Monday, January 23, 2012

The syllabus as literary work

I try to write my syllabi to reflect the attitude that teaching is a scholarly endeavor. As I was putting the final touches earlier this month on my syllabus for spring semester, I was reminded of the buzz last fall over the posting of a couple of David Foster Wallace's syllabi. You can find the actual syllabi here and here.

While I don't necessarily recommend these as model syllabi, it's always a useful exercise, I think, to exchange our ideas and attitudes about teaching. DFW's syllabi contain some gems about his own thoughts regarding teaching and the learning process. I especially like that he freely borrows from other professors' syllabi (thereby recognizing that teaching is a community endeavor that is made better by sharing) and cites them accordingly (demonstrating good practice to his students while also conveying that a syllabus is, in some respects, a scholarly document).

One example of where DFW borrowed from a colleague's syllabus:
English 67 is a seminar. By way of elucidation, please look at the following gloss from Prof (name removed)'s E67 syllabus for Fall '05: "This is a discussion-based course; it is not a lecture course. What we learn will be driven primarily by the questions, comments, ideas, and energies that you bring to our discussion. In other words, we will learn about texts by actively engaging them and each other in our regular meetings."
And he follows this up under Course Rules & Procedures with:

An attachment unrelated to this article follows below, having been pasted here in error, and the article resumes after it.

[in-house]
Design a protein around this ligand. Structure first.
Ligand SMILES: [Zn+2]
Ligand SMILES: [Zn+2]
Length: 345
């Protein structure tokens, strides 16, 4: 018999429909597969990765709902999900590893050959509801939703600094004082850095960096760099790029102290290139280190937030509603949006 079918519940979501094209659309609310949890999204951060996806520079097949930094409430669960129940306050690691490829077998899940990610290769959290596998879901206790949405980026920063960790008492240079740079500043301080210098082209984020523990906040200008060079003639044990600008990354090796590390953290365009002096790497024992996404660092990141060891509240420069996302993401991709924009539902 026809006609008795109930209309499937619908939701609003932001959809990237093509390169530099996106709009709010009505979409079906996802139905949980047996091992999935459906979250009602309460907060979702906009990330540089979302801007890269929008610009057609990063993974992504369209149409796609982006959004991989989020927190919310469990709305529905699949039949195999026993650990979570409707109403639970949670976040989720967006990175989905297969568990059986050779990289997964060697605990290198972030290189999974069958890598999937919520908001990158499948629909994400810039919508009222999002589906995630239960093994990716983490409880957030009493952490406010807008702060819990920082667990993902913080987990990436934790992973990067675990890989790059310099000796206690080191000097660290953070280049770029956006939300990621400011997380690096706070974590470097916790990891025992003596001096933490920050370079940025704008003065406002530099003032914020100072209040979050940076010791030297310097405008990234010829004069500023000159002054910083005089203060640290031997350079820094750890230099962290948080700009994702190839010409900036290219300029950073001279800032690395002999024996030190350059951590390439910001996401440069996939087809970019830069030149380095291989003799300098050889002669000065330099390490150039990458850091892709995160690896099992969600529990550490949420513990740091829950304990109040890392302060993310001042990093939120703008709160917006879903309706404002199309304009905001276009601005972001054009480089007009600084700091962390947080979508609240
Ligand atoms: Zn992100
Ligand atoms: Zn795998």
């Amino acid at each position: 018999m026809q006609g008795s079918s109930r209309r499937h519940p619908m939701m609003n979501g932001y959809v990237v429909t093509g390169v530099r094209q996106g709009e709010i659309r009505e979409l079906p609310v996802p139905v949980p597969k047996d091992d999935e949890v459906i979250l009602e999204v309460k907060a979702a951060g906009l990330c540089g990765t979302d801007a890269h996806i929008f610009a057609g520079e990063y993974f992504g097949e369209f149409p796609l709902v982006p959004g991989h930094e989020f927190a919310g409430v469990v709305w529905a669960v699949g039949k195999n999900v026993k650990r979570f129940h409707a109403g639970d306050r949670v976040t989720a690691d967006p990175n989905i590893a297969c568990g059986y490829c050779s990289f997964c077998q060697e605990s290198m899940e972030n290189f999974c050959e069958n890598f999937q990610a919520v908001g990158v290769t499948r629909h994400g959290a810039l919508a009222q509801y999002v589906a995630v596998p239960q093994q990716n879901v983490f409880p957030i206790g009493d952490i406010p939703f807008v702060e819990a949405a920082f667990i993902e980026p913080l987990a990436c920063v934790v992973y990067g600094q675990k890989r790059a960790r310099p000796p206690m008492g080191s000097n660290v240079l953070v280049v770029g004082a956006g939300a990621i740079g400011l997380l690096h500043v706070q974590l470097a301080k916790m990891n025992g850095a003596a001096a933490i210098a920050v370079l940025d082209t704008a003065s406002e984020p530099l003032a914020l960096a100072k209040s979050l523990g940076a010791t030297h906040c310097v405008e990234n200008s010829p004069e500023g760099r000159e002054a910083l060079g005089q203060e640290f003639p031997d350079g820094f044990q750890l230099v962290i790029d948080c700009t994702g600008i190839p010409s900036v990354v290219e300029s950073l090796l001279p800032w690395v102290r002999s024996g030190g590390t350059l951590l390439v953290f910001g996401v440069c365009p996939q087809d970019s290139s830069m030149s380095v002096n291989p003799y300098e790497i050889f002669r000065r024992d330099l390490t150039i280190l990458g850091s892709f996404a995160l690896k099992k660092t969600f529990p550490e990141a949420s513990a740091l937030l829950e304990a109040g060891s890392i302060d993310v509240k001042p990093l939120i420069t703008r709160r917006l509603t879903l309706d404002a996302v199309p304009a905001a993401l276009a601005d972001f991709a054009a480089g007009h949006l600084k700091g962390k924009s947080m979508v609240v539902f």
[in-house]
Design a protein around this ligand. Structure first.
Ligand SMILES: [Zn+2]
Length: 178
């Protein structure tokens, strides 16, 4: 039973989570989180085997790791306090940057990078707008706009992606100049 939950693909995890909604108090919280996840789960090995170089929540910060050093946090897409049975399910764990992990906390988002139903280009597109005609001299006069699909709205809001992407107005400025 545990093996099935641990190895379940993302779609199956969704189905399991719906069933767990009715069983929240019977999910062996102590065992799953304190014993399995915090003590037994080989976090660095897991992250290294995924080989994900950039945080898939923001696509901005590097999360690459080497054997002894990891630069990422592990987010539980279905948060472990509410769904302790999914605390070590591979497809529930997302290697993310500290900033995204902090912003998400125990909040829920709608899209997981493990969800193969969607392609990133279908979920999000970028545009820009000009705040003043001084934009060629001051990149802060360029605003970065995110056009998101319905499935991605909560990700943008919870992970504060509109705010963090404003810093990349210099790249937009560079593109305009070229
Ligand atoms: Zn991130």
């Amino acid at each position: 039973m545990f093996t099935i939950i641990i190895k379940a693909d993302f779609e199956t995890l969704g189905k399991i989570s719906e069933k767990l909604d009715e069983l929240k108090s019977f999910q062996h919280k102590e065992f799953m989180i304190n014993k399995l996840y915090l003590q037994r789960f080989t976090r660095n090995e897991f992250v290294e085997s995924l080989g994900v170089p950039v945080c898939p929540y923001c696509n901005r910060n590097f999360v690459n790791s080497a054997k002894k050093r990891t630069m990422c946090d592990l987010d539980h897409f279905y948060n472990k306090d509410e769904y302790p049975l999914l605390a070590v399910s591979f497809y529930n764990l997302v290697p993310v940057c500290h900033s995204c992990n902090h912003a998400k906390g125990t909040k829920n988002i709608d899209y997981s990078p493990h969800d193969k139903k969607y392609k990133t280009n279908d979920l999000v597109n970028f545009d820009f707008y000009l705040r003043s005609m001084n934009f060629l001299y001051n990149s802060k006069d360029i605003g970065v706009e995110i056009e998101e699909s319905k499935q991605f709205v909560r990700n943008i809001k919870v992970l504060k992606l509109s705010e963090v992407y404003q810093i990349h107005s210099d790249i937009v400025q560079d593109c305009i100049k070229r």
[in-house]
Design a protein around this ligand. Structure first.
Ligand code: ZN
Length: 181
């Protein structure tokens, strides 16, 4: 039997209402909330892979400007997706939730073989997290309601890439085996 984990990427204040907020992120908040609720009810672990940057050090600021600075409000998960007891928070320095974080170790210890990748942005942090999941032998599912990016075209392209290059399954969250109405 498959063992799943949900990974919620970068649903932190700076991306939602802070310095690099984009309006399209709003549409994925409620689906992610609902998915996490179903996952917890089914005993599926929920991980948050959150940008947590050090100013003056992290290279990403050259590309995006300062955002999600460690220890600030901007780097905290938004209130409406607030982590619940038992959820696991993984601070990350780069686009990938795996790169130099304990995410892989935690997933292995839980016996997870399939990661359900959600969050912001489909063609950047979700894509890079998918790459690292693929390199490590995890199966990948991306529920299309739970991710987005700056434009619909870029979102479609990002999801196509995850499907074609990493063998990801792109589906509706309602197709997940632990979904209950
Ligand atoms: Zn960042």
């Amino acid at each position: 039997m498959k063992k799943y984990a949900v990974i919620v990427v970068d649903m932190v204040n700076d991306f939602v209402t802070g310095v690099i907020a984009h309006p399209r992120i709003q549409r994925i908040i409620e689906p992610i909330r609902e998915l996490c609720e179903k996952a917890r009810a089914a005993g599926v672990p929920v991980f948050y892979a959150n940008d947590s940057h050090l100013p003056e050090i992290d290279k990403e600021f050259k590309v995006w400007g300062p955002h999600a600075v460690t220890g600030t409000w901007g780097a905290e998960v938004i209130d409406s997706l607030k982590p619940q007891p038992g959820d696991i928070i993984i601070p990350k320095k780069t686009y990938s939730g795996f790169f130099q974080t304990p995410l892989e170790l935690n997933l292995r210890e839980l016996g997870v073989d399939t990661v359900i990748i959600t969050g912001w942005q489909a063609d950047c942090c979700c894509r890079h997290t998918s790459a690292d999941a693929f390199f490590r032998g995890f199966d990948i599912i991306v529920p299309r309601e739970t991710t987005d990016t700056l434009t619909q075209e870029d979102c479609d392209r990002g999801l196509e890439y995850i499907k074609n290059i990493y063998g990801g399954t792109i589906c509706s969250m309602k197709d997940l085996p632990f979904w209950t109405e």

Even in a seminar course, it seems a little silly to require participation. Some students who are cripplingly shy, or who can't always formulate their best thoughts and questions in the rapid back-and-forth of a group discussion, are nevertheless good, serious students. On the other hand, as Prof. (name removed) points out supra, our class can't really function if there isn't student participation--it will become just me giving a half-assed ad-lib lecture for 90 minutes, which (trust me) will be horrible in all kinds of ways. There is, therefore, a small percentage of the final grade that will concern the quantity and quality of your participation in class discussions. But the truth is that I'm way more concerned about creating an in-class environment in which all students feel totally free to say what they think, ask questions, object, criticize, request clarification, return to a previous subject, respond to someone else's response, etc. Clinically shy students, or those whose best, most pressing questions and comments occur to them only in private, should do their discussing with me solo, outside class.